More than 50 million Americans suffer from allergies each year.
We hope that you and your loved ones are safe and healthy this spring, and that you are adapting to new norm of wearing face masks and physical distancing my officeremains open and available to you along the ongoing journey toward achieving your long-term health goals.
Keeping our overall health and our immune health in check is all-the-more critical during this coronavirus outbreak. Even if you haven’t completed new recommended blood work, I will help you manage your wellness. Perhaps you are struggling with one of the following:
With spring, we are able to enjoy warm weather and beautiful blossoms. As spring blooms, so do allergies! Naturopathic medicine offers natural ways to reduce the impact of itchy eyes, runny noses and lung symptoms. The doctors can guide you on specific strategies and targeted supplements that can help relieve seasonal allergies.
Spring is a perfect time to get your health back into balance with a spring detox. Now is the time to improve your energy, sleep, joint comfort, focus, memory and the appearance of health on your skin. A detox can also optimize weight loss. I am guiding patients via telemedicine through a spring detox.
During this challenging time, we are all experiencing major shifts in our lives which impacts our daily routine. This may have brought a whirlwind of emotions – feelings of stress, being overwhelmed, an increase in anxiety and depression. If you are struggling with any of these, I am here to support you by offering simple lifestyle recommendations, targeted supplements and nutritional guidance to help keep you feeling balanced. Watch soon for my ebook under development on this very topic!
I have been 'seeing’ patients remotely via Telemedicine, being available to established patients by phone or video consults. I am currently accepting new patients via video consults.
We are following COVID-related health guidelines to keep our staff and our clients safe. For telemedicine consults and all orders, transactions are preferred by contact-less credit card. We are able to refill your nutritional supplements at this time. Please call or email the office to place your orders. Supplements can be mailed directly to you, or arranged to be picked-up in the foyer.
You may only come into the office if…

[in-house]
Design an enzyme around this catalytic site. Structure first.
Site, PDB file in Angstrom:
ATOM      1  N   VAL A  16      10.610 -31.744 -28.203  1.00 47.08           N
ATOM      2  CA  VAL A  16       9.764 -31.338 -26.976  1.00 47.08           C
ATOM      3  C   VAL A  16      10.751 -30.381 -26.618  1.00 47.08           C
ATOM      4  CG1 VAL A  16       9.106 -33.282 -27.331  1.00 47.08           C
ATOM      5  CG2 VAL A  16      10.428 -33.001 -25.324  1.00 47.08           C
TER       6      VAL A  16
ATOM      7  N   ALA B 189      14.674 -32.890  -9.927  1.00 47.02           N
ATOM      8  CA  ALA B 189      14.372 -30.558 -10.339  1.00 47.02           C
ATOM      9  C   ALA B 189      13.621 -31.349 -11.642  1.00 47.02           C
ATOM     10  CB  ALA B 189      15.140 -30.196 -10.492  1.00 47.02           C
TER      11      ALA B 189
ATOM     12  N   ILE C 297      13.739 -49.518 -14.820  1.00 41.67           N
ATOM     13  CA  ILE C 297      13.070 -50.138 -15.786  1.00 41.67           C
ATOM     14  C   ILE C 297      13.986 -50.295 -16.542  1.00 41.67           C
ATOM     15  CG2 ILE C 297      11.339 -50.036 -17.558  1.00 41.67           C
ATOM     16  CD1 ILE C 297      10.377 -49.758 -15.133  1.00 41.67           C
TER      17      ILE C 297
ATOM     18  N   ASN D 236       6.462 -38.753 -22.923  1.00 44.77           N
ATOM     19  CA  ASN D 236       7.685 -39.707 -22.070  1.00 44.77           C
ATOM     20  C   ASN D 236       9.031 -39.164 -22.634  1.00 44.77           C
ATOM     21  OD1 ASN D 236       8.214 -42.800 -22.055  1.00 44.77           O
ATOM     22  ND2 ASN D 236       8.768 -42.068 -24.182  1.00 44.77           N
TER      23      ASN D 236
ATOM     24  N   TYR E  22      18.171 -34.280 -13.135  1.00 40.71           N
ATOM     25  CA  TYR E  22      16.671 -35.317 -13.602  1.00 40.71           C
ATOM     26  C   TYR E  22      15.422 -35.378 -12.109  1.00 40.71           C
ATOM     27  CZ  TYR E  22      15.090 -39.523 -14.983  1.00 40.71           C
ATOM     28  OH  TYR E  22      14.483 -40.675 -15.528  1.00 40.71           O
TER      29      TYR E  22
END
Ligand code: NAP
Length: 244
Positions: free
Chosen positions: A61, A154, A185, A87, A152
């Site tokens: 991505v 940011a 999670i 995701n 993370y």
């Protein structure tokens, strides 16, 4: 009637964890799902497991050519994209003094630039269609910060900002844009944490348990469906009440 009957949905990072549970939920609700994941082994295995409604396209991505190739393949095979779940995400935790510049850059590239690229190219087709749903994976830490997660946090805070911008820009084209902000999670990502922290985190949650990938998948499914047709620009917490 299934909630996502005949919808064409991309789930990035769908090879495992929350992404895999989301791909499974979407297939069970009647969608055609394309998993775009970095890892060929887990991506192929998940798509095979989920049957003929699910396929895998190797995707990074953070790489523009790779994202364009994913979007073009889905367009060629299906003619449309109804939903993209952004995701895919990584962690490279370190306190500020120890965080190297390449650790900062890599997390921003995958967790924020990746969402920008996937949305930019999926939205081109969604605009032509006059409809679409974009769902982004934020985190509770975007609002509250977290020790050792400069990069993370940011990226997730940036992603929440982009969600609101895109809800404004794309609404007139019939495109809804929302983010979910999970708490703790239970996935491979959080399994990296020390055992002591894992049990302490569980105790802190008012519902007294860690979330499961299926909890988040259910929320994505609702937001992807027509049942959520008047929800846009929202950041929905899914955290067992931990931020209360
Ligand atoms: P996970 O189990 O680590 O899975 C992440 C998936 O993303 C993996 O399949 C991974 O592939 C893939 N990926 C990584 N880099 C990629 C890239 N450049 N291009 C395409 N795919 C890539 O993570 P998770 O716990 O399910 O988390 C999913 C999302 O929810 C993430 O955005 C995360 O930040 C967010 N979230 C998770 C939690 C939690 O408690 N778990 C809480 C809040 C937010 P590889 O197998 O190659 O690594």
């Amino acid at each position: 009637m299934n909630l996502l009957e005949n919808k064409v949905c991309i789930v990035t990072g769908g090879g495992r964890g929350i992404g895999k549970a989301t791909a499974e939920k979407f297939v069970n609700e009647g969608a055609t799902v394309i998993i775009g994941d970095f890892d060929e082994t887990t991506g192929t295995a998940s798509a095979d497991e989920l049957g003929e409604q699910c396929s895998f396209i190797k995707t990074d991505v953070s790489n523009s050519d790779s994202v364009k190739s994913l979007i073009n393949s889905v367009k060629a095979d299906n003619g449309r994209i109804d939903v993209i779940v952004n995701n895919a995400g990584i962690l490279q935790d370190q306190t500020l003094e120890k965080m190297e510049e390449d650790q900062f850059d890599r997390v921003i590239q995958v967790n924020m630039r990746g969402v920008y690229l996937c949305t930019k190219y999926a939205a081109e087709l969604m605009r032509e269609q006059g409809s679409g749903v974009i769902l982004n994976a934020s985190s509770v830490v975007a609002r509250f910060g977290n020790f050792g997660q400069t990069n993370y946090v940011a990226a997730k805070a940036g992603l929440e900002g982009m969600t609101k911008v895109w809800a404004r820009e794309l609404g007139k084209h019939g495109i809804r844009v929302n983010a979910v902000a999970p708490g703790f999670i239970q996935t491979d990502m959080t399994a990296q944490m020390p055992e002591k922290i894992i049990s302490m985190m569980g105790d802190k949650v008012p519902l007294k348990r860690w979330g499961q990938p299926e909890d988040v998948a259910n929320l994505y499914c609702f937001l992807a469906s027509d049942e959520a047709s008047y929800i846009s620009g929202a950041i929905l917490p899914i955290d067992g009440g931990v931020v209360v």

*you call head to alert us of your needs
*you have not been exposed to anyone known to have COVID
*you are COVID-symptom free (fever, cough, short of breath)
*you do not have a temperature
*you agree to wear a mask at all times
*you practice social distancing
For all in-person visits: you will need to stop upon entering the office to read & answer a brief health questionnaire confirming the above, and be willing to immediately wash your hands before proceeding.
For our part, Crystal and I will be wearing masks and washing their hands frequently and in between client transactions. Additionally, all office rooms, doorknobs, and the bathroom are, and will be, disinfected between use.
How is your vitamin D level?
COVID and Vitamin D:Vitamin D level critical to symptom severity of coronavirus illness
Ah, Spring! We welcome the pleasant weather, the scent of new blossoms, and open our windows to the rush of fresh air. Along with that, we invite in pollen, grass, mold, and spores. For those who are allergic, our bodies launch a major immune response designed to flush out the offensive agents. This can result in illnesses such as allergic rhinitis (hay fever) which is common for all age groups in the United States. Each year, over 50 million Americans suffer from allergies, the sixth leading cause of chronic illness with an annual cost in excess of $18 billion. This does not include the 24 million Americans who have allergic asthma.
When does Allergy Season Begin?
Depending on how warm the winter months were, seasonal allergy symptoms can start as early as February, but typically arise mid-March to April and last throughout summer. The most common plants to trigger allergies are birch and oak, dandelion, ragweed, and grasses.
Itching of the nose, eyes, ears, or roof of the mouth
What Drives an Allergy Response?
Allergies occur as your immune system reacts to foreign invaders, producing antibodies that identify particular allergens (e.g., pollens) as harmful. During an "allergy attack," the immune system reaction can inflame your skin, sinuses, airways or digestive system (as in food allergies). Mast cells - specialized white blood cells found throughout the body (lungs, skin, intestines, and near blood vessels and lymph nodes) - regulate how the immune system responds. Mast cells contain the histamine released into the bloodstream during an allergic reaction, resulting in symptoms such as itching, redness, and dilated blood vessels. When histamine release is excessive, it can cause a severe, life-threatening allergic reaction (anaphylaxis).